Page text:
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Proposed Changes to the Citizenship Act

 by Andrew Z. Wlodyka

An amended Citizenship Act has already been introduced in Parliament in the form of Bill C-63. This Bill has received second reading and is presently before a Parliamentary Committee for clause by clause study. However, Bill C-63 was not passed when Parliament recessed for the summer. A new Minister has been appointed by the Prime Minister to replace Lucienne Robillard. Her name is Elinor Caplan and it is uncertain at this stage whether she has the same commitment to the proposed amendments to the Citizenship Act, as did her predecessor.

The highlights of the proposed amendments to the Citizenship Act include

  • granting citizenship to foreign adopted children
  • a change in the residency requirement for acquisition of Canadian citizenship
  • the removal of certain appeal rights relating to revocation of citizenship
  • denial of citizenship to certain applicants on public interest of security grounds.

The most contentious issue is the proposed amendment that would require a permanent resident to reside physically in Canada for three years before he or she would be granted citizenship. At the present time, the term "residence" is not defined in the Act. Both the Citizenship and Federal Court are divided on the meaning of the term "residence". The majority of the judges of both the Citizenship Court and the Federal Court are of the view that the present legislation does not require three years' physical presence in Canada. It is the quality of the attachment to Canada that is the most important factor to take into account to determine residence and not just how much time is spent physically here by the prospective applicant.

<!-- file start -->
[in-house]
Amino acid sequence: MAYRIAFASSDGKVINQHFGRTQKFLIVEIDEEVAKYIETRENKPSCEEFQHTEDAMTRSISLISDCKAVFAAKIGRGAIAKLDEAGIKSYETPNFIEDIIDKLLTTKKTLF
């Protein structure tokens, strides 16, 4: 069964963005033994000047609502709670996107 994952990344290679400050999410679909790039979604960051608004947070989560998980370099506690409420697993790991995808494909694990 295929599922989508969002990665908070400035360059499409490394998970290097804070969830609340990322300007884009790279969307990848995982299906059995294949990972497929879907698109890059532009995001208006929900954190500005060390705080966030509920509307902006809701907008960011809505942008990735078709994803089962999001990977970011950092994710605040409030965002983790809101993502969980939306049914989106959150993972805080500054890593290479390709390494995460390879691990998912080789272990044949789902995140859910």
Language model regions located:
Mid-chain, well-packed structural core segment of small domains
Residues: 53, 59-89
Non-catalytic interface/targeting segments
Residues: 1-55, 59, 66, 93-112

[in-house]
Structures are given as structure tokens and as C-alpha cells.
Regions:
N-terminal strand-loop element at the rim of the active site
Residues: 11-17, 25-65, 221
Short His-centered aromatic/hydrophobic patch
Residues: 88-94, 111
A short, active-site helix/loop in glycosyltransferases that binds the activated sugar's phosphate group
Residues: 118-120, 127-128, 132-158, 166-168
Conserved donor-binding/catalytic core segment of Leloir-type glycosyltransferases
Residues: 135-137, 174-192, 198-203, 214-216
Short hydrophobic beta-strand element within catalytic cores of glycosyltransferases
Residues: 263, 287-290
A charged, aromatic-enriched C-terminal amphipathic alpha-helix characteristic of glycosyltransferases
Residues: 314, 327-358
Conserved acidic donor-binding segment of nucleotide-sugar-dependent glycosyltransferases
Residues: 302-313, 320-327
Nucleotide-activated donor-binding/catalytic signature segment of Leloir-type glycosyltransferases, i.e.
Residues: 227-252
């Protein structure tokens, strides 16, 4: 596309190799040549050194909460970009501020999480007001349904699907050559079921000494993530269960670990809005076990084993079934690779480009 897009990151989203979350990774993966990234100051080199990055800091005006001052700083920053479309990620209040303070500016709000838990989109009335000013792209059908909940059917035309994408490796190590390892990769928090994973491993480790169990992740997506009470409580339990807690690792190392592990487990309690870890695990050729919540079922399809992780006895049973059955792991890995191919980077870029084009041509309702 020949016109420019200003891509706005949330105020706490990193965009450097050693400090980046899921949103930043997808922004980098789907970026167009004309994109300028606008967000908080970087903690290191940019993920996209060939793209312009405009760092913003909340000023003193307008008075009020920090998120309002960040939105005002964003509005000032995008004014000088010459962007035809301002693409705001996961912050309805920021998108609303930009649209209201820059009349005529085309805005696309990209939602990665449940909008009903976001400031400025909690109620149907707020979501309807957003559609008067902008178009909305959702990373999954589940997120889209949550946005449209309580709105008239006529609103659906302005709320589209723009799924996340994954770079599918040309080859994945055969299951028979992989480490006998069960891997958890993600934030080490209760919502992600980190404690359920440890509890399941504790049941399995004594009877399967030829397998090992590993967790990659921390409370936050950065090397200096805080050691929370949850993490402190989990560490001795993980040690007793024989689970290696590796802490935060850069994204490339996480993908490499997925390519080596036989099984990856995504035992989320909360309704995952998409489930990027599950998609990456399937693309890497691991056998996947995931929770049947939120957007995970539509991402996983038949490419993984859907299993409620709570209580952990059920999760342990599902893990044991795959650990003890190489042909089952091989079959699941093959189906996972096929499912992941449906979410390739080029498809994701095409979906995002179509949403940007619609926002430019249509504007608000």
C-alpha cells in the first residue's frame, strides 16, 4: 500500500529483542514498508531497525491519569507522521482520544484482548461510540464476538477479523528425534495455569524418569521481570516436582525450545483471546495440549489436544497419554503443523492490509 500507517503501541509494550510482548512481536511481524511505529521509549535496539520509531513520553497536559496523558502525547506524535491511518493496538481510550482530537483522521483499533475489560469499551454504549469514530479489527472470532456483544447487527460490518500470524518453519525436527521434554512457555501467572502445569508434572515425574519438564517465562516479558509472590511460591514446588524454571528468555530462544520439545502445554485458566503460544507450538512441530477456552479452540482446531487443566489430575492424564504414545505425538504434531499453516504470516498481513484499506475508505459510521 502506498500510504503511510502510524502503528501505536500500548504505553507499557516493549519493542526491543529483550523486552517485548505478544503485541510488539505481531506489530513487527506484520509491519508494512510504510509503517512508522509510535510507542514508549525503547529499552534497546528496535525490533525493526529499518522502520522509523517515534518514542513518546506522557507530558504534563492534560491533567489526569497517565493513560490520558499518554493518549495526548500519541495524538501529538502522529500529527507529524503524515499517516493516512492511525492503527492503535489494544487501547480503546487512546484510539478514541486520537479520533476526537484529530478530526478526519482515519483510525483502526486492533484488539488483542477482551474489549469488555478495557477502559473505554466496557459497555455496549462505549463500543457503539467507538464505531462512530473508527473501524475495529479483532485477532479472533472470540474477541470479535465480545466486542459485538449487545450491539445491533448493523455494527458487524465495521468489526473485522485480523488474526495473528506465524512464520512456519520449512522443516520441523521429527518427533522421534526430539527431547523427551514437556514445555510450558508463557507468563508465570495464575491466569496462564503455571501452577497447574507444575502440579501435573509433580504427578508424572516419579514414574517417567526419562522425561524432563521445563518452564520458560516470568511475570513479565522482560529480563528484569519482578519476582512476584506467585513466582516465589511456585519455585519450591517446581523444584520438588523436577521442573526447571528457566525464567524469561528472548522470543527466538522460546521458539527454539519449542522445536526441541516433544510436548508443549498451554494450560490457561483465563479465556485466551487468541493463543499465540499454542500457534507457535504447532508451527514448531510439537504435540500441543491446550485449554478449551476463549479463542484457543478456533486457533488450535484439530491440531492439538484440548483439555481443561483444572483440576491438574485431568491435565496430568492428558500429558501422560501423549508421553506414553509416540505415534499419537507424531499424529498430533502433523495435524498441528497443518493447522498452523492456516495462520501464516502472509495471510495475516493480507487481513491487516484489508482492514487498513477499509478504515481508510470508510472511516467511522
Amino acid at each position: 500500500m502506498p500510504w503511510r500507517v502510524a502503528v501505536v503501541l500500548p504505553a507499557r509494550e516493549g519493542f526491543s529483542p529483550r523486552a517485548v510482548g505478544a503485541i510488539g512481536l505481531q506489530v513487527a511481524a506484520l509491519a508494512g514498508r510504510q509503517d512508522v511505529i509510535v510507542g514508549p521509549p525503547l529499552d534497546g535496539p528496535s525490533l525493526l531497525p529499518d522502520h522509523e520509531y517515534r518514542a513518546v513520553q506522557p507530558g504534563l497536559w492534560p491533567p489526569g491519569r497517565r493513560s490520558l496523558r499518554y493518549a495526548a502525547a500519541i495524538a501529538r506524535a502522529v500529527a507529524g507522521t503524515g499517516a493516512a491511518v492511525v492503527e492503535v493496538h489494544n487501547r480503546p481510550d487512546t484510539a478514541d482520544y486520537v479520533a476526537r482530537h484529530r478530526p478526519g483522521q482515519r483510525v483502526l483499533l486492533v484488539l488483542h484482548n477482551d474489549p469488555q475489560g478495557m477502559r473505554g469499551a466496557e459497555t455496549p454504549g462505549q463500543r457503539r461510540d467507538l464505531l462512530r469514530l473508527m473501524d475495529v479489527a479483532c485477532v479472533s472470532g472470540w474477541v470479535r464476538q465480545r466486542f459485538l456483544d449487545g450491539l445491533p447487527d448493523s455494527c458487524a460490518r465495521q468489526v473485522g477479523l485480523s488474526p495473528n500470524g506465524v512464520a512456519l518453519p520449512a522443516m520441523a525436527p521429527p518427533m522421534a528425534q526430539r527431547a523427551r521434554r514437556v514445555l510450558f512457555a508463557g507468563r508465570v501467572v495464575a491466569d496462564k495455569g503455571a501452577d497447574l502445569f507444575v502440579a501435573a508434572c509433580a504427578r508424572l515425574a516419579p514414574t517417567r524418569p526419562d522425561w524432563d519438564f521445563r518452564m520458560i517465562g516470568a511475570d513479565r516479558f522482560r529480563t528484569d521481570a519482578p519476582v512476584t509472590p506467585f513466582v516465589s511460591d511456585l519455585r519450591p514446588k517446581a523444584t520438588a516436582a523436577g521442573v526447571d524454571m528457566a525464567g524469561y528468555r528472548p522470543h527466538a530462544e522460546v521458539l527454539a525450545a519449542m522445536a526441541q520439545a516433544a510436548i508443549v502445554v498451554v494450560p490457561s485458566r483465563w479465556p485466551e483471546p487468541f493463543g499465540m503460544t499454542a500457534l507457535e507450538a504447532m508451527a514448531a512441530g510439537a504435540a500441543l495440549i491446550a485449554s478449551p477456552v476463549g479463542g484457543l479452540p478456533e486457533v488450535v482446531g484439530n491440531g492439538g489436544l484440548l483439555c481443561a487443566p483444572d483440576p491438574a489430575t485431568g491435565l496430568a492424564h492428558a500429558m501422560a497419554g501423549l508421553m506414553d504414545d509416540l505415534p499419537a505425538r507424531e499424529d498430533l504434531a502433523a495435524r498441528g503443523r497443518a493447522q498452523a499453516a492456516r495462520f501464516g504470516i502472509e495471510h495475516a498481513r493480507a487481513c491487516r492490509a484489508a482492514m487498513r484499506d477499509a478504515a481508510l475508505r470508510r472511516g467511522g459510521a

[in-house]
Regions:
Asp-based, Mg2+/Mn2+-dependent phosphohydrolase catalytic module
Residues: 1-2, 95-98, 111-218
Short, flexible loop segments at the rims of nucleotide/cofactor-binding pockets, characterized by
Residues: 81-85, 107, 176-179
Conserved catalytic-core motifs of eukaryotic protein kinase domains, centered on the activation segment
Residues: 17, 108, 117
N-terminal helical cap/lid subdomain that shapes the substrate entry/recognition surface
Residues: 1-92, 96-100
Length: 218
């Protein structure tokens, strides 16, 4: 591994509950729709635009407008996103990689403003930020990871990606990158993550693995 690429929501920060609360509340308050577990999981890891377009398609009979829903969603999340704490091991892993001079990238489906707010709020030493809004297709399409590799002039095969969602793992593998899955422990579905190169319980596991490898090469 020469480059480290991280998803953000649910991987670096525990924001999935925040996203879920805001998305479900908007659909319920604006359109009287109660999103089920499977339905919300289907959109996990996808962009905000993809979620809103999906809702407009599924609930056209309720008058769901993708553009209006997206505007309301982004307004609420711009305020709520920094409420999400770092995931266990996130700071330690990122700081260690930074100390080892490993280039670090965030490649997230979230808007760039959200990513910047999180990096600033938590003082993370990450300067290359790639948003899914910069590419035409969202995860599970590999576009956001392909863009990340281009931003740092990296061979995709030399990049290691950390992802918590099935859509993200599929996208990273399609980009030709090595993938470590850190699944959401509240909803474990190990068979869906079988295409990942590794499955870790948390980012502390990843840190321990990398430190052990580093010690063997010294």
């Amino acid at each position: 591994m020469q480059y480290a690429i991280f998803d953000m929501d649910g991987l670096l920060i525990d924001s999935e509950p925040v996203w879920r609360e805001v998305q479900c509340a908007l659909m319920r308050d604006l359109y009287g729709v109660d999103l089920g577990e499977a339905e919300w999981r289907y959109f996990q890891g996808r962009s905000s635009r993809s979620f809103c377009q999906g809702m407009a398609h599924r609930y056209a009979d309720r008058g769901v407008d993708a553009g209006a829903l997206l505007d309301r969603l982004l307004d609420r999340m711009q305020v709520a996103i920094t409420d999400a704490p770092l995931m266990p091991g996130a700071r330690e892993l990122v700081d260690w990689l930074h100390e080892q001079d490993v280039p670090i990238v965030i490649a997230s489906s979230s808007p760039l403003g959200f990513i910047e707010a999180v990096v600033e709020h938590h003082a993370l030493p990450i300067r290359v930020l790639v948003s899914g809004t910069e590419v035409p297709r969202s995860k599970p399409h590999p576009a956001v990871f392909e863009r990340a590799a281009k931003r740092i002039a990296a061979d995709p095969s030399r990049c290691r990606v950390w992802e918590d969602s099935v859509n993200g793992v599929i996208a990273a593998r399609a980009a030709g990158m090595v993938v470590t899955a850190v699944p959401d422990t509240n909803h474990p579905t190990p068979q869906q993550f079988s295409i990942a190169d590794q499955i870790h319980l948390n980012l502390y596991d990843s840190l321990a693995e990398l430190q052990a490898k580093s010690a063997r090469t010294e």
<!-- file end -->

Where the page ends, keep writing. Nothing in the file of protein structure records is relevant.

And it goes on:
The latest proposal on residence that has been reviewed by the Parliamentary Committee studying this issue, would give an applicant for citizenship six years to accumulate three years of physical residence in Canada. The main argument from the Department in support of this change is that it is only through physical presence in Canada that an immigrant will learn the rights and obligations of Canadian citizenship.

I need to be convinced that physical presence is the only way to achieve this goal. The proposed standard is in my view inconsistent with the demands of a global economy. Should this test be implemented, the result will be that many successful business immigrants who choose Canada as their permanent home will be prevented from ever obtaining Canadian citizenship.

It is very likely that another driving force in the proposed new standard of residence that requires physical presence in Canada for a required period is the desire by the Government to have a system in place that will be easier to administer and thereby save the Government of Canada considerable money. The system would not require independent citizenship judges but could be administered by a Federal bureaucracy. There would also be a reduction in the number of contentious cases that will need to be resolved by the Federal Court on appeal.

family class | independent skilled workers | investors | entrepreneurs

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This page last updated: October 6, 1999
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